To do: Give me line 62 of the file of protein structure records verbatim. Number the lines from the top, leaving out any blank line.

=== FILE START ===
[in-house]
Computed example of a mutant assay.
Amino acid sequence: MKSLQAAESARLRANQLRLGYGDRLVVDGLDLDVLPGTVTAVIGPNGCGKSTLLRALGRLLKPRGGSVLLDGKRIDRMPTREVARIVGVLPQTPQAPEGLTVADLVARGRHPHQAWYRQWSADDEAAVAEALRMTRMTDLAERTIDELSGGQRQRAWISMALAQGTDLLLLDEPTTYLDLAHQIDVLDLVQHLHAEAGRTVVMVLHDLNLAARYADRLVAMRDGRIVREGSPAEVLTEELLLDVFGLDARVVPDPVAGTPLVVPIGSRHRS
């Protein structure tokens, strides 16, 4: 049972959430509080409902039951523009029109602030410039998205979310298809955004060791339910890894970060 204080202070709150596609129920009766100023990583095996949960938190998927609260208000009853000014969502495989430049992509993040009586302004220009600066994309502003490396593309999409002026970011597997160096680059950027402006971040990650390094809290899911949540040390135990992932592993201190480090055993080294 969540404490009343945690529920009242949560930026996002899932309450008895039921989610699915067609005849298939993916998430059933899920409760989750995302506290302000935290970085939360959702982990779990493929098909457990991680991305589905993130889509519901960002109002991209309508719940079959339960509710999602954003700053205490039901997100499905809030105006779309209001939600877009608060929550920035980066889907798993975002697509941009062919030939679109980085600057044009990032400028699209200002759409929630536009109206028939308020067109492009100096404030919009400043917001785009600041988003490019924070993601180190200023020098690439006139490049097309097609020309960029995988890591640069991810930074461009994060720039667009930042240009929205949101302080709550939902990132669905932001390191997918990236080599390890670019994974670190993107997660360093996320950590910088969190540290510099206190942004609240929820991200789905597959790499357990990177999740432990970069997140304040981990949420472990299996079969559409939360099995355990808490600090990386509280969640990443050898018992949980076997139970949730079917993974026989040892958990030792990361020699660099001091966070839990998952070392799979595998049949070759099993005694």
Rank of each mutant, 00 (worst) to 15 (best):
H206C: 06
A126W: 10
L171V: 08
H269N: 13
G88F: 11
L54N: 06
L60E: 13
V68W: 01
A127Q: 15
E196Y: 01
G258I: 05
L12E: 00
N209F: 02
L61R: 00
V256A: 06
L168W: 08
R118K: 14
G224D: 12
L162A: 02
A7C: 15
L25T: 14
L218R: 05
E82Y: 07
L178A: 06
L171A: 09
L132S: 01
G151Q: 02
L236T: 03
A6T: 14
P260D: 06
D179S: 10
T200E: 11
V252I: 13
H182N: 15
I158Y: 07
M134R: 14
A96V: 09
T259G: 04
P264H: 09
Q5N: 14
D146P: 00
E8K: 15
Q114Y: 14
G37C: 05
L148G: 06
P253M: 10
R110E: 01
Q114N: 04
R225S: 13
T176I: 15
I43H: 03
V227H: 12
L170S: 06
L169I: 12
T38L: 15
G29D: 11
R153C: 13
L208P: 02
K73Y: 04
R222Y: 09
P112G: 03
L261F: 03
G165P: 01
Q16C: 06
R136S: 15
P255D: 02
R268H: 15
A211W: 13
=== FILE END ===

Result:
R153C: 13